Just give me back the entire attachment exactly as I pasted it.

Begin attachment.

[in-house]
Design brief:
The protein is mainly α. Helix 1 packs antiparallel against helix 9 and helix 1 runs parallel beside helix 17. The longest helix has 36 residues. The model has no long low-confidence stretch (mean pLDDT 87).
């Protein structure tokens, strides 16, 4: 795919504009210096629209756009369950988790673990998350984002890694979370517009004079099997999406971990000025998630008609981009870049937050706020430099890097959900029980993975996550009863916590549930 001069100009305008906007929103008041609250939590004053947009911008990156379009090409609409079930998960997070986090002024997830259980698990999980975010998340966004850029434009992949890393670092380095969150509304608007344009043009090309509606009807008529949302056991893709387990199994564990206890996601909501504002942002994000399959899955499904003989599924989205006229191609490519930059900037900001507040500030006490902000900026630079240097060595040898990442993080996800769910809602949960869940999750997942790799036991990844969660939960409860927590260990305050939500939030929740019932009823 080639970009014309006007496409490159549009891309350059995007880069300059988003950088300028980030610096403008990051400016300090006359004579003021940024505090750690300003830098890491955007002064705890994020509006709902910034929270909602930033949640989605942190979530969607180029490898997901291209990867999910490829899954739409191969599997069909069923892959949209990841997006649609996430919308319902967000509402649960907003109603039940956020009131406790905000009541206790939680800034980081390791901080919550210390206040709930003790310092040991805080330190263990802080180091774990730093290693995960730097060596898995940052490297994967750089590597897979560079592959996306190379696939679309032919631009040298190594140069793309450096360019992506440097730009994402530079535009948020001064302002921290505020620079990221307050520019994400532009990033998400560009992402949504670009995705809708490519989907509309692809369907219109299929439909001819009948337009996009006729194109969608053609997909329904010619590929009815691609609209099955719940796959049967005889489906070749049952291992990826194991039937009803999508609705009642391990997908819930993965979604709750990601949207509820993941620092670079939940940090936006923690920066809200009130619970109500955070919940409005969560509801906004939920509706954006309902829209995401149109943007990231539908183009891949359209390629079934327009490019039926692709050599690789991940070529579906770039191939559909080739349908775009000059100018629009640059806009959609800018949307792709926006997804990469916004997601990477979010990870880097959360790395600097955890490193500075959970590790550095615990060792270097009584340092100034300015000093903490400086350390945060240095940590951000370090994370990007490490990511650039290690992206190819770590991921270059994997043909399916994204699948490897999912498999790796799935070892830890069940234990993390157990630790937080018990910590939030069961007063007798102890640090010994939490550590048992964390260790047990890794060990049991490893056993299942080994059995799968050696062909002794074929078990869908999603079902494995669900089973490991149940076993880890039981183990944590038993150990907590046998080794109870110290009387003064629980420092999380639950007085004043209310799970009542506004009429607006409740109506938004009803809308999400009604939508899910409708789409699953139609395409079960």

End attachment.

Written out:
[in-house]
Design brief:
The protein is mainly α. Helix 1 packs antiparallel against helix 9 and helix 1 runs parallel beside helix 17. The longest helix has 36 residues. The model has no long low-confidence stretch (mean pLDDT 87).
């Protein structure tokens, strides 16, 4: 795919504009210096629209756009369950988790673990998350984002890694979370517009004079099997999406971990000025998630008609981009870049937050706020430099890097959900029980993975996550009863916590549930 001069100009305008906007929103008041609250939590004053947009911008990156379009090409609409079930998960997070986090002024997830259980698990999980975010998340966004850029434009992949890393670092380095969150509304608007344009043009090309509606009807008529949302056991893709387990199994564990206890996601909501504002942002994000399959899955499904003989599924989205006229191609490519930059900037900001507040500030006490902000900026630079240097060595040898990442993080996800769910809602949960869940999750997942790799036991990844969660939960409860927590260990305050939500939030929740019932009823 080639970009014309006007496409490159549009891309350059995007880069300059988003950088300028980030610096403008990051400016300090006359004579003021940024505090750690300003830098890491955007002064705890994020509006709902910034929270909602930033949640989605942190979530969607180029490898997901291209990867999910490829899954739409191969599997069909069923892959949209990841997006649609996430919308319902967000509402649960907003109603039940956020009131406790905000009541206790939680800034980081390791901080919550210390206040709930003790310092040991805080330190263990802080180091774990730093290693995960730097060596898995940052490297994967750089590597897979560079592959996306190379696939679309032919631009040298190594140069793309450096360019992506440097730009994402530079535009948020001064302002921290505020620079990221307050520019994400532009990033998400560009992402949504670009995705809708490519989907509309692809369907219109299929439909001819009948337009996009006729194109969608053609997909329904010619590929009815691609609209099955719940796959049967005889489906070749049952291992990826194991039937009803999508609705009642391990997908819930993965979604709750990601949207509820993941620092670079939940940090936006923690920066809200009130619970109500955070919940409005969560509801906004939920509706954006309902829209995401149109943007990231539908183009891949359209390629079934327009490019039926692709050599690789991940070529579906770039191939559909080739349908775009000059100018629009640059806009959609800018949307792709926006997804990469916004997601990477979010990870880097959360790395600097955890490193500075959970590790550095615990060792270097009584340092100034300015000093903490400086350390945060240095940590951000370090994370990007490490990511650039290690992206190819770590991921270059994997043909399916994204699948490897999912498999790796799935070892830890069940234990993390157990630790937080018990910590939030069961007063007798102890640090010994939490550590048992964390260790047990890794060990049991490893056993299942080994059995799968050696062909002794074929078990869908999603079902494995669900089973490991149940076993880890039981183990944590038993150990907590046998080794109870110290009387003064629980420092999380639950007085004043209310799970009542506004009429607006409740109506938004009803809308999400009604939508899910409708789409699953139609395409079960």